Privateer Profile:  Michael Byrne

Privateer Profile Michael Byrne

July 12, 2012 10:20am

Racing AMA Supercross and Motocross for over a decade now, Australia’s Michael Byrne has become a fixture on the U.S. race scene. Previously a very consistent top five factory rider, injuries, as recent as a broken neck just prior to the 2012 Monster Energy Supercross Championships, have derailed his success. Still, while many would have called it a day, the 33-year-old Byrne is now back on track and quickly racking up championship points.  Currently just three points outside the top ten, we chatted with Michael as he relaxed in the Team semi after a 10-10 day.

Racer X: Michael, it appears that you have been on the gas and turning things around these last few races?
Michael Byrne: Yeah, my supercross season really didn’t even happen, so the early part of this year didn’t go very well at all to say the least. But I feel like my motocross series has been going pretty decent so far, and I have a lot of tracks coming up that I really like racing on. I’m just going to focus on building each week, getting stronger and progressing.

Byrne had one of his best races of the season at RedBud, going 10-10 for eleventh overall.
Simon Cudby photo

Let’s talk a little bit about all the time that you had off with your neck injury. Obviously it affected you, but in what ways?
It really hurts you physically to be out that long, as well as mentally. I really put in a lot of laps testing and training for supercross that I never got to show. It’s very difficult to be out that long. For a while I was pretty down about it. The only good thing is that you now have time to check different things out that you normally wouldn’t be able to -– along with giving you some time to re-group. Sometimes it is nice to have a bit of a break, but you don’t want to be forced into it for sure!

Physically how are you now?
Physically I am good. I’m 100 percent healthy. I’m just trying to get stronger, and hope to get a bit of a rhythm going in these next few races.

Recently you’ve been hovering around the top ten, what do you need to do to get into the top five?
Well for me, I have been doing pretty well at the end of the motos, especially the first moto. Near the end is when I have been my strongest, and been able to make moves toward the front. But my problem is that I have been qualifying badly, so that is giving me poor gate picks -– which leads to bad starts, and long motos coming from the back. It was actually pretty good for me to qualify 14th this weekend at RedBud, as I’ve been having a hard time cracking the top twenty in qualifying. I’m definitely trying to work on this aspect of my racing, and getting better starts.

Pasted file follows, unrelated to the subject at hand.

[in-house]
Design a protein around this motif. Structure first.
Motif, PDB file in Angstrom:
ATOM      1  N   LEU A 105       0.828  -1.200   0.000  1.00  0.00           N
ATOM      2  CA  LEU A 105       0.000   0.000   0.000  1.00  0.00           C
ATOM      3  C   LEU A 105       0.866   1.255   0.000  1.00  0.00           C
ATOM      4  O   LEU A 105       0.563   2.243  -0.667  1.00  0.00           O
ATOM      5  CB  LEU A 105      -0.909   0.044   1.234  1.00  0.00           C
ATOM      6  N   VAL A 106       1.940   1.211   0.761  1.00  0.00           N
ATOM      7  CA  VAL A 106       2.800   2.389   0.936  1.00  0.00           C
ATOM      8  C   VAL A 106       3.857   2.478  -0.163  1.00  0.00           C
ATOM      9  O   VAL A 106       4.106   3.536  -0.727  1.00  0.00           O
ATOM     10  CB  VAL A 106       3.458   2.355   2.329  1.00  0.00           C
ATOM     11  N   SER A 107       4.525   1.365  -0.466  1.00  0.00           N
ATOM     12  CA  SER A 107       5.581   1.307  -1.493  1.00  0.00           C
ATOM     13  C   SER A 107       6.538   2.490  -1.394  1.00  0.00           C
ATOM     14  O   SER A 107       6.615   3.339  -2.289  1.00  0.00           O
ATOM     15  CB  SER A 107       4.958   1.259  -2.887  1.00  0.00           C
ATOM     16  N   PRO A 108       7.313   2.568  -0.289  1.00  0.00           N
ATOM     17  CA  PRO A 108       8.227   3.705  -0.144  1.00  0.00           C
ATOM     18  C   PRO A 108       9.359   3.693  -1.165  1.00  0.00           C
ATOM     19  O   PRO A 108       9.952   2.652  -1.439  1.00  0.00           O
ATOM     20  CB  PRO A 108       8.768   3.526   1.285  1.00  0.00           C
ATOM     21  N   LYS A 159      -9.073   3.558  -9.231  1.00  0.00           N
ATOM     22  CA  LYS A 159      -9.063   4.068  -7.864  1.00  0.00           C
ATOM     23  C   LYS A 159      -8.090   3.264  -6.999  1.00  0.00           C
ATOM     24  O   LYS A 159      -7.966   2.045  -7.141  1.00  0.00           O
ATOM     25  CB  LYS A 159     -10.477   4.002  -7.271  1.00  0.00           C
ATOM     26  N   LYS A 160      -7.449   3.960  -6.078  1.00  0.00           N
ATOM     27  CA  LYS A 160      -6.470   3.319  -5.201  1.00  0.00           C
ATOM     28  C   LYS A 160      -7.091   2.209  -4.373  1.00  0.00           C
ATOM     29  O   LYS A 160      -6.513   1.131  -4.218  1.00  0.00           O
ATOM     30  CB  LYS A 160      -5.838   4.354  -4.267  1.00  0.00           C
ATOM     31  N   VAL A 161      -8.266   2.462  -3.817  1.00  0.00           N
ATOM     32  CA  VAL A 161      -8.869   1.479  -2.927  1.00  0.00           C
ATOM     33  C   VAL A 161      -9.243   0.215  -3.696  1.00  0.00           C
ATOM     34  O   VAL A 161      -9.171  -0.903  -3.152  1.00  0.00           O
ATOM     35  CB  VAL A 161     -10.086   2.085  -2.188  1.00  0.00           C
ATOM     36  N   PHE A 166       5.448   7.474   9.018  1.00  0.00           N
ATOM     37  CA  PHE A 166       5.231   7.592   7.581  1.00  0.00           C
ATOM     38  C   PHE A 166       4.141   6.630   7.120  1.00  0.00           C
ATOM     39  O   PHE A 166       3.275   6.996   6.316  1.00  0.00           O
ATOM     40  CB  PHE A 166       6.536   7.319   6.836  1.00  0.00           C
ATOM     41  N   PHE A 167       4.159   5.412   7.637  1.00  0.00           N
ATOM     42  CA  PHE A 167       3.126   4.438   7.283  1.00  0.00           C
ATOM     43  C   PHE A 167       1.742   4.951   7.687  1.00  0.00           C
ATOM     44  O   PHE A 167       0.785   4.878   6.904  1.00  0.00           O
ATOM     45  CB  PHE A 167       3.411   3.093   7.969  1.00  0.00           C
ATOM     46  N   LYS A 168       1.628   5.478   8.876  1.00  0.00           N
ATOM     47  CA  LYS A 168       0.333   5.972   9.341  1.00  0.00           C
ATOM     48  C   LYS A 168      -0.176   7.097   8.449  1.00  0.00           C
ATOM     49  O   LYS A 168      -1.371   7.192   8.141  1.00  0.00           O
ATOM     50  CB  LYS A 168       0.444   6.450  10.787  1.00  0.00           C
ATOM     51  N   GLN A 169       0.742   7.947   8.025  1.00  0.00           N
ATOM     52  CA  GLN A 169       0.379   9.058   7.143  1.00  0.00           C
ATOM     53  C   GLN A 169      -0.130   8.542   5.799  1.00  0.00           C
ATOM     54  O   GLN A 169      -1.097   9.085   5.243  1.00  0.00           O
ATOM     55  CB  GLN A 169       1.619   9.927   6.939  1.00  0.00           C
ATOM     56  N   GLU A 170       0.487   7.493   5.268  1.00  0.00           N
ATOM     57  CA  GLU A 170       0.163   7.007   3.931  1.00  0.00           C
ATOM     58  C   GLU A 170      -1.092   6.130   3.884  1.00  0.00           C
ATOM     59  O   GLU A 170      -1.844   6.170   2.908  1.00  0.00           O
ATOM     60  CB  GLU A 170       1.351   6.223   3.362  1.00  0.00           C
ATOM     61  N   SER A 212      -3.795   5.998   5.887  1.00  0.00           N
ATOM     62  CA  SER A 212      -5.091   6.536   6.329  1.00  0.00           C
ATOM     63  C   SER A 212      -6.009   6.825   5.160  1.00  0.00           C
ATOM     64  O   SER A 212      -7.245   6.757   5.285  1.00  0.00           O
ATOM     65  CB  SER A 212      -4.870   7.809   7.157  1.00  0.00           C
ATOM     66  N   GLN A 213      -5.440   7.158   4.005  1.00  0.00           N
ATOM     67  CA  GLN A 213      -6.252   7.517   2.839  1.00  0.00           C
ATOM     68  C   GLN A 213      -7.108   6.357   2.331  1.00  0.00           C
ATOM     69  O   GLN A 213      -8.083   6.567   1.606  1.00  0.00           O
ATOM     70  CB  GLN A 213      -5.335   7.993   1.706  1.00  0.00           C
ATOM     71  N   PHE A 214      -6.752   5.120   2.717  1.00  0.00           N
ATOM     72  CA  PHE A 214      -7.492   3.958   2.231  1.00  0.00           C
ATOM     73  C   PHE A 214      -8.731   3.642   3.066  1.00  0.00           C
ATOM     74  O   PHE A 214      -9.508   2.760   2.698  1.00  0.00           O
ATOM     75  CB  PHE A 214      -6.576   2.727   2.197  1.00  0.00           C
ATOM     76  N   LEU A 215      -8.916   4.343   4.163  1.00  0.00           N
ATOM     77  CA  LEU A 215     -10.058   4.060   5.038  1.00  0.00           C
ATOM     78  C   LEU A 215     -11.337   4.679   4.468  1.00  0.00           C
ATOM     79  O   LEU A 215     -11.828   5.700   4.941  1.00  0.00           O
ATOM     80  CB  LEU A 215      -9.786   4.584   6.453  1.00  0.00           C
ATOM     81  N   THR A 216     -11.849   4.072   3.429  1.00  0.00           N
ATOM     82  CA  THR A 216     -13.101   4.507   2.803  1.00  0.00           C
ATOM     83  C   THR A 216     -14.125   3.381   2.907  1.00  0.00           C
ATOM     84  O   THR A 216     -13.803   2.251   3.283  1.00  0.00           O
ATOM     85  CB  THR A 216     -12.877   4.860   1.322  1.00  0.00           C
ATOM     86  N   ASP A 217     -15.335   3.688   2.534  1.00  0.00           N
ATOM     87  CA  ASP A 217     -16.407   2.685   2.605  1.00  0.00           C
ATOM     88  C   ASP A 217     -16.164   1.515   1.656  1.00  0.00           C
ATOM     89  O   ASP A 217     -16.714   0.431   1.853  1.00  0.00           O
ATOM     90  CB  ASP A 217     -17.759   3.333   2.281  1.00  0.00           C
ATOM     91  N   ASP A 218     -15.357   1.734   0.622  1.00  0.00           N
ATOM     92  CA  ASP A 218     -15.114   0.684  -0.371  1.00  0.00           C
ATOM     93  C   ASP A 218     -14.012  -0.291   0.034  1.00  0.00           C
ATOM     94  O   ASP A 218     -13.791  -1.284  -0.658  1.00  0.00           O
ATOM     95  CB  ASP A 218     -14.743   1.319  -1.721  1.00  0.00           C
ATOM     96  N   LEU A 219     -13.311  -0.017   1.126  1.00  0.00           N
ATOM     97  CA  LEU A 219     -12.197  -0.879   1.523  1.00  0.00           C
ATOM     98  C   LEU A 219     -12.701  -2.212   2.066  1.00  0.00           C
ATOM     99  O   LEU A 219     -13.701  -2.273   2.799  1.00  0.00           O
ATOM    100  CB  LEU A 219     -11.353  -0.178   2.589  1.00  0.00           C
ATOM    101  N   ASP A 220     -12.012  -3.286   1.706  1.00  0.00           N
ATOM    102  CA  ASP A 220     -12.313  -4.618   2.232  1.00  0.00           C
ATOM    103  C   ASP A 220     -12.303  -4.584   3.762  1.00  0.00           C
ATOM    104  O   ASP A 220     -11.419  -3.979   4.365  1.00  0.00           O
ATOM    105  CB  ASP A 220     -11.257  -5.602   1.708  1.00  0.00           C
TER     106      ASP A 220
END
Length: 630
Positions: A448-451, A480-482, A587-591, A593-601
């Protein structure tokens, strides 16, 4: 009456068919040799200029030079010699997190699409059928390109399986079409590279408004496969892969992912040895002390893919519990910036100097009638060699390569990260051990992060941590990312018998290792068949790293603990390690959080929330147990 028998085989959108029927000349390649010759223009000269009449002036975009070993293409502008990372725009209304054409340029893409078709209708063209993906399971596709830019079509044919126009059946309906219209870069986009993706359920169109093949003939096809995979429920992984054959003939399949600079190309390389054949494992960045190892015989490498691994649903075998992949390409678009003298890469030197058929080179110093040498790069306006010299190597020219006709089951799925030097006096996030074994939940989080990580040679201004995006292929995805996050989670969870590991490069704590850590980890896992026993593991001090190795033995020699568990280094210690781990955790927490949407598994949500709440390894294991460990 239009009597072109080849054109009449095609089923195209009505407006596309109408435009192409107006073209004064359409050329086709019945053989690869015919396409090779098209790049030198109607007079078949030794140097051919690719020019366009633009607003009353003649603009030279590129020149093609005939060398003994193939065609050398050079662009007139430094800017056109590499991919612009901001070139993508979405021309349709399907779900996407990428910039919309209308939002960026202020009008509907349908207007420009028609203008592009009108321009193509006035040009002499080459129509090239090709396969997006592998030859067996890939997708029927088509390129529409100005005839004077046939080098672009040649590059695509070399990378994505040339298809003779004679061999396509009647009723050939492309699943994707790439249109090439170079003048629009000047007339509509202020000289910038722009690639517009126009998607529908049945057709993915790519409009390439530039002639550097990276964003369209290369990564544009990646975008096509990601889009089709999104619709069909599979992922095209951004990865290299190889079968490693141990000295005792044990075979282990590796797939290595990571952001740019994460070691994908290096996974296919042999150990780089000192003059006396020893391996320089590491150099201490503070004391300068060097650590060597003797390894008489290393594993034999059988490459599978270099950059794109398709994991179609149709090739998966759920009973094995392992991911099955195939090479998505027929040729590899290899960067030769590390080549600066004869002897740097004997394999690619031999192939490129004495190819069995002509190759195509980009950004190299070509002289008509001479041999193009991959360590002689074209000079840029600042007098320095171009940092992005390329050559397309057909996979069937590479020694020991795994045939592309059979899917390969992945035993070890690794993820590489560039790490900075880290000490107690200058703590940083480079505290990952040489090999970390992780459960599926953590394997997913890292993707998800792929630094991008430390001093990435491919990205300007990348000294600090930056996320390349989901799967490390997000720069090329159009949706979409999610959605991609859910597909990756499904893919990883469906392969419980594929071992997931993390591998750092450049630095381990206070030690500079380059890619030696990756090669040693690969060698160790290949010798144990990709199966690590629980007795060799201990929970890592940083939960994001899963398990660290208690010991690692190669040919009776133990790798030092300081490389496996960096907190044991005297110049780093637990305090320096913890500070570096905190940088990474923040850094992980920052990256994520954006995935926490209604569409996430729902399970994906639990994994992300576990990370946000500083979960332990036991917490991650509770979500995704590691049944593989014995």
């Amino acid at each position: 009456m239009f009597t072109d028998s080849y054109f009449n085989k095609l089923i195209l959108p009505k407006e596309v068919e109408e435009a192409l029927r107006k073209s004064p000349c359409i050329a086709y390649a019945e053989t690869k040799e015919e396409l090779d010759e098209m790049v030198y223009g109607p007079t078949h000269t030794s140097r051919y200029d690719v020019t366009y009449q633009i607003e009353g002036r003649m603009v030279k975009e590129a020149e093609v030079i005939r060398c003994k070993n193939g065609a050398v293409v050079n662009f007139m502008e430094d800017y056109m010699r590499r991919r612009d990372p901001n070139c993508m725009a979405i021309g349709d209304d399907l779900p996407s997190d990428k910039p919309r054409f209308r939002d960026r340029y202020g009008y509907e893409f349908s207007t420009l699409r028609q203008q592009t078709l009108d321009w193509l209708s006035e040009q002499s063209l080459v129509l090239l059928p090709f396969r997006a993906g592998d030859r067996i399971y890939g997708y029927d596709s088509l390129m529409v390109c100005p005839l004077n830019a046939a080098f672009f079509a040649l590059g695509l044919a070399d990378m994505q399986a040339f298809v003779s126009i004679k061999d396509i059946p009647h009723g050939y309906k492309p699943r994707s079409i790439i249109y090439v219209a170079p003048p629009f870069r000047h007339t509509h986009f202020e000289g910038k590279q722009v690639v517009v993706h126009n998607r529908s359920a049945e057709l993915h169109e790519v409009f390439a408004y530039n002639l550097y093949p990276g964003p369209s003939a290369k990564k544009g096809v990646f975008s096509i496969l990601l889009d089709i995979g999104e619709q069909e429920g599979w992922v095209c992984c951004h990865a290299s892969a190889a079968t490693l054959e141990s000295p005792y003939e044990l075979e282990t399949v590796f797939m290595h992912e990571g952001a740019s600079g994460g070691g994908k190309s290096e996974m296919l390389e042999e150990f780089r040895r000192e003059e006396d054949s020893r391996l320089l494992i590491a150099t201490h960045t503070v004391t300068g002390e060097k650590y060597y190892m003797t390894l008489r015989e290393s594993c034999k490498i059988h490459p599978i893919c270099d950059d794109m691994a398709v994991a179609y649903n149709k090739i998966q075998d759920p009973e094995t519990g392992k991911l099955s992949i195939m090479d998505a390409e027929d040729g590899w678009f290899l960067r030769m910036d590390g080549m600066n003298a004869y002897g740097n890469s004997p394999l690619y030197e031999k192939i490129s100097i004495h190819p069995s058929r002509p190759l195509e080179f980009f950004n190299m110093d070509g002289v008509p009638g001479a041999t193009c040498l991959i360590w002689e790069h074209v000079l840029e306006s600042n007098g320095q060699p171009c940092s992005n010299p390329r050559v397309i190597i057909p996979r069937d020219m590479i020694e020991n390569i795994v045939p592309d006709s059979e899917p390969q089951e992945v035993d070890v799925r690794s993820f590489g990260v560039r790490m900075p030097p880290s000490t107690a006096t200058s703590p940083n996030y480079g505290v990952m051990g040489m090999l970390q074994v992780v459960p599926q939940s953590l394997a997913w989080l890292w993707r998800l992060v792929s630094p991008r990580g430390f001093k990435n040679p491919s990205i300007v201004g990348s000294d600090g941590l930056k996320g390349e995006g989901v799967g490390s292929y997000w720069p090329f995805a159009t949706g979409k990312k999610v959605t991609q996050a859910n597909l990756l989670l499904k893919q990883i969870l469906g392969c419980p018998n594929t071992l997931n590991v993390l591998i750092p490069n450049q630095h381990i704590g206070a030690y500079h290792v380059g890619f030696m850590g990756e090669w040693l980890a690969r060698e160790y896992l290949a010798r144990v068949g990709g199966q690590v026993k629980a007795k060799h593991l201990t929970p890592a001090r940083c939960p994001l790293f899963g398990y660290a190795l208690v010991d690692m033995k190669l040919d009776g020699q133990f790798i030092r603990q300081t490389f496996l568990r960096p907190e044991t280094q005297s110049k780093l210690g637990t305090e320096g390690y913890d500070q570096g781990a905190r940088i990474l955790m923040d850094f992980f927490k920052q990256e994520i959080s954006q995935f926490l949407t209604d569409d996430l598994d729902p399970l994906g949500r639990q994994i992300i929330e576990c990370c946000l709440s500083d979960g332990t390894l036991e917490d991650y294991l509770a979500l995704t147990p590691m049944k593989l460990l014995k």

I think that you are probably riding one of the better bikes out there with the Suzuki RMZ450, but on the other hand I would image that you didn’t have much testing time coming into motocross.
I started riding about four weeks before Hangtown, which may seem like a lot to some, but really isn’t when you are coming off an injury. During my first week of riding I was only able to ride a few times as I was just so sore, and my hands got so blistered. But I was able to do a little bit of testing during our recent little break, and that went very well. So I am starting to figure some stuff out, the bike has definitely been better for me this year than it was last year.

Byrne currently trails Kyle Chisholm by three points for 10th in points.
Simon Cudby photo

Your team is working with the guys at JGR this year, has that been helpful?
It’s been great, especially with having everything with one company, and having everyone work together. The biggest advantage has been with them helping to develop our race bikes. We spent some money with them, and it has been well worth it.

Where do you want to be as the series winds down in September?
I just want to be improving each week. I’ve had a couple good motos and bad motos in the same weekend, so I really want to be able to stabilize things out. But really, I want to get back up into the top five again.

Considering your injury, and your age, what about next year?
I still want to race, if I can go out and get top tens in this type of race (with the heat and humidity). I'm definitely am not ready to give up. I may not be one of the young kids, but I don’t feel old yet. I truly feel like I am improving every time that I have been on the bike this summer, and I want to let my riding do the talking. You’re only as good as your last race is how I look at it. I know that I can be an especially good asset to a team that may have a young kid. Not only do I have a lot of experience, not only with riding and training, but bike set up as well.

That may be a good way to wrap this up Michael, but would you like to add anything?
My wife Danielle has been with me through all these injuries, so she definitely deserves a big thank you, for sure! To go through having a broken neck is not a lot of fun, and she helped me, encouraged me, and stood by me so much through all that. Of course I also want to thank the guys at BTO and Palmetto Suzuki, along with JGR, Pirelli, Fly Racing, Smith, Alpinestars, and everyone else out there that helps me.